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Sunday, February 22, 2009

Evidence excluded in Bonds trial

Judge Illston's order is here Download USAvsBondsOpinion021909. Straightforward, but a good review for my Evidence class of a number of concepts--real evidence requires a chain of custody, the chain of custody requires admissible evidence, the search for hearsay exceptions, and the unreviewable discretion that district court judges have on procedure and evidence.

Only one part of the opinion gave me a pause: She excluded one of three audio transcripts of conversations--the one in which Bonds' trainer, Greg Anderson (the guy whose refusal to testify is the cause of all this) speaks with Bonds' personal assistant about random drug testing for the upcoming (2003) season and seems to suggest that he knows someone at the testing lab and he will be tipped in advance to when, if ever, Bonds will be tested. Judge Illston rejected the government's argument that this is admissible as a statement against interest, because "the government has not established that it was a criminal or civil offense in 2003 to help athletes evade detection by professional sports associations."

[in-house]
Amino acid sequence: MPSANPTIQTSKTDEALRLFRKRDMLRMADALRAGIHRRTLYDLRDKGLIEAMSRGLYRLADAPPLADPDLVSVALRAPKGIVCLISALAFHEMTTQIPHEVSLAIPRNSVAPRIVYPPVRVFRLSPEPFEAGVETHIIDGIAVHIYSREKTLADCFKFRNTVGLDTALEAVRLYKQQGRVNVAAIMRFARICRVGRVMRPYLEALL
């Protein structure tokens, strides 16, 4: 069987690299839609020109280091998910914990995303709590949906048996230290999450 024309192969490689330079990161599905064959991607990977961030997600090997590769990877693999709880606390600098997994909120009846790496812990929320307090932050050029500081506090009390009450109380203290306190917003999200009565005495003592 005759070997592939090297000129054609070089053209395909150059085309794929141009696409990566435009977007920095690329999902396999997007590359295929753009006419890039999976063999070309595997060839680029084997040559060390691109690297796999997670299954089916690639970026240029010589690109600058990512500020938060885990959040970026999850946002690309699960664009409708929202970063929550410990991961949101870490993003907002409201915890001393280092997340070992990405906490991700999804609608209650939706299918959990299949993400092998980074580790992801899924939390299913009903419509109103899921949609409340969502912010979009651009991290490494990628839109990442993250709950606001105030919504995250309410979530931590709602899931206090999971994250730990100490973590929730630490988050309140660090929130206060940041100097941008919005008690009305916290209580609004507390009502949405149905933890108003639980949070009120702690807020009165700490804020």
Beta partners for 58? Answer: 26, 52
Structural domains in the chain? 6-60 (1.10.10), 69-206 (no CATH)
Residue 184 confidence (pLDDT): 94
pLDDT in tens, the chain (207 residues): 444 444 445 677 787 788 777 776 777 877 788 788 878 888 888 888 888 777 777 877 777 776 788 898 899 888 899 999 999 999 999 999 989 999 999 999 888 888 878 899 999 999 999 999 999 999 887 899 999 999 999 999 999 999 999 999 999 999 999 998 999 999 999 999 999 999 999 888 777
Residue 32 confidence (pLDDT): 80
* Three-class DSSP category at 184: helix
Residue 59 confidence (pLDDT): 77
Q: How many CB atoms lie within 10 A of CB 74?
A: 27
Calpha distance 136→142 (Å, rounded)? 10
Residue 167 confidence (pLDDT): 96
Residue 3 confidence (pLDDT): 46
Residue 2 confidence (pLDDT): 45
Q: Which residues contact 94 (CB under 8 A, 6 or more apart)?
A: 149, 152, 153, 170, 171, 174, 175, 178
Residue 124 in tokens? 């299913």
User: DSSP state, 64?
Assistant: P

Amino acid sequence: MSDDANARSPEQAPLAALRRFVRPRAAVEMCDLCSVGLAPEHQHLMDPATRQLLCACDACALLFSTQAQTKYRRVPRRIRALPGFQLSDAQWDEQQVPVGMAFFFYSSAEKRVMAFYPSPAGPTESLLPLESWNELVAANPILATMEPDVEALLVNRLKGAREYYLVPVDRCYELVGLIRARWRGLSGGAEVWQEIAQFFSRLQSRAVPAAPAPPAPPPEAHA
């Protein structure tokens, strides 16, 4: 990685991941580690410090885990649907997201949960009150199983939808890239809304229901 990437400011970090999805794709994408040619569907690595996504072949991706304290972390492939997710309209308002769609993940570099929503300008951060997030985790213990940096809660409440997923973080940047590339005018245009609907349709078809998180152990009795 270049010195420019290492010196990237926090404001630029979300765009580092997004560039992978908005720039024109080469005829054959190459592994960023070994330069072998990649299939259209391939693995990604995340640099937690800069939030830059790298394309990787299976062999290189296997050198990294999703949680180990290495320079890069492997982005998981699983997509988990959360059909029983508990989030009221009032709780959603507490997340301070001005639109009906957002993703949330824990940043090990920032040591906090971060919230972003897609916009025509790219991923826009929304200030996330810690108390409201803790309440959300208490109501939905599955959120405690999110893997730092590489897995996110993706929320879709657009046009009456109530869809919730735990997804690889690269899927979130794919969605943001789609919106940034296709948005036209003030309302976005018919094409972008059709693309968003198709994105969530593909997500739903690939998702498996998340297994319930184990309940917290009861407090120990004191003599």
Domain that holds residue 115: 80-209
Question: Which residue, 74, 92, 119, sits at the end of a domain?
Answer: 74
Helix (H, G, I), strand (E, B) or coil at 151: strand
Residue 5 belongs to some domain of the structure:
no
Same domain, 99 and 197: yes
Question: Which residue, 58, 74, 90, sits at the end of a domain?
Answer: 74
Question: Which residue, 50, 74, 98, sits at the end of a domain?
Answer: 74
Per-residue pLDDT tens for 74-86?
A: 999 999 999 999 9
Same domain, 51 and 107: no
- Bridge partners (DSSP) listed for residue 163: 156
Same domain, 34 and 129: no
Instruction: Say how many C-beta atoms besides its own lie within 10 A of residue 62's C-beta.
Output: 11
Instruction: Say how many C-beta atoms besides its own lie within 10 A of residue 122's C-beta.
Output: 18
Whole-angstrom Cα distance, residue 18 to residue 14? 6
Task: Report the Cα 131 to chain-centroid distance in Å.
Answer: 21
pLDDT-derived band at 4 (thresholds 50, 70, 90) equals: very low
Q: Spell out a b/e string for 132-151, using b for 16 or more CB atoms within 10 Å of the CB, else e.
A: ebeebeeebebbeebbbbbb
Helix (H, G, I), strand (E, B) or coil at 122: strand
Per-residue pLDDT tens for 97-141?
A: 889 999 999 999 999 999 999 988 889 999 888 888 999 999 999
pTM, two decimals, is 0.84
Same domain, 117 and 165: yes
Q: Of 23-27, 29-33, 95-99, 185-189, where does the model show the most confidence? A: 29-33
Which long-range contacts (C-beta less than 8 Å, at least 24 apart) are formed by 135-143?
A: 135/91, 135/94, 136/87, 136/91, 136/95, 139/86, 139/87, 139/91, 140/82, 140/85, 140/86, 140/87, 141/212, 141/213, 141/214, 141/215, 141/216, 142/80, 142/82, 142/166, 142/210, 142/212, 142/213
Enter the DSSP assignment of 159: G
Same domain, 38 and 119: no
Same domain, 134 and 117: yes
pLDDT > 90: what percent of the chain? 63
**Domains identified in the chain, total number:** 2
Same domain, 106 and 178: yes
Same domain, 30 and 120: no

But this seems a bit too quick. If a lab employee were tipping off players (or members of their posses) about upcoming tests, wouldn't MLB have some claim against the lab and the employee (fraud, interference with business expectation, something else (help me out, tort people))? And wouldn't MLB also have a claim against the posse member (in this case, Anderson) who received the tip and passed it along, also frustrating MLB's business expectations? Maybe this just was a matter of what the government brought forward on the motion. But it seems Anderson could have gotten into some trouble by receiving and passing along these tips, such that his admission of it would be against his interest.

Posted by Howard Wasserman on February 22, 2009 at 07:23 AM in Criminal Law, Current Affairs, Howard Wasserman, Sports | Permalink


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